IRRC No. 315

Food aid: For or against?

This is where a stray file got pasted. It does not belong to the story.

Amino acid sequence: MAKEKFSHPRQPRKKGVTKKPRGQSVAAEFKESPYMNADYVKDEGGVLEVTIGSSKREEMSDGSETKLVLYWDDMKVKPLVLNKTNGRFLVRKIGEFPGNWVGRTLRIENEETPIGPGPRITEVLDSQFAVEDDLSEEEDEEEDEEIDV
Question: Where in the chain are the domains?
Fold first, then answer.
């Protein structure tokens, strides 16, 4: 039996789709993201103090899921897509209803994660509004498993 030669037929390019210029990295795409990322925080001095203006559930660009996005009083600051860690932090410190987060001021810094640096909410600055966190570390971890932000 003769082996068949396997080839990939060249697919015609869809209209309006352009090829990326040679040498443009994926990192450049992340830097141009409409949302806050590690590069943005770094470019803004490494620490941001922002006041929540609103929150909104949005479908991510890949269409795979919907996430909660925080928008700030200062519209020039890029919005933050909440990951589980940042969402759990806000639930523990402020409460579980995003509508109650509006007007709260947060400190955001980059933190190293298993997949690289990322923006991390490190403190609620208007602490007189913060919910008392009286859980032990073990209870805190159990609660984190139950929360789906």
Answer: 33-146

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For or against food aid? When looking at the pictures of famine and malnutrition that abound on the small screen, this question may seem at best incongruous and at worst inadmissible. And yet it should be taken at its face value—provocative and stimulating, intended not to discourage but rather to sharpen our minds, for behind this simplistic question lie some real political stakes, some genuine issues of humanitarian ethics and some fascinating methodological problems. Our task here should perhaps be to single out the “operational” angles and then to reply to the questions “When”, “Why” and “How” food aid should be provided, and finally to the question “How can we do without it?”. As the global balance between supply (food resources) and demand (the needs) breaks down, access to these resources becomes more and more difficult for an increasingly large sector of the population, while at the same time the enormous stocks of the 1980s have melted away. Food aid has therefore become a rare commodity, to be used judiciously and in the most appropriate manner.

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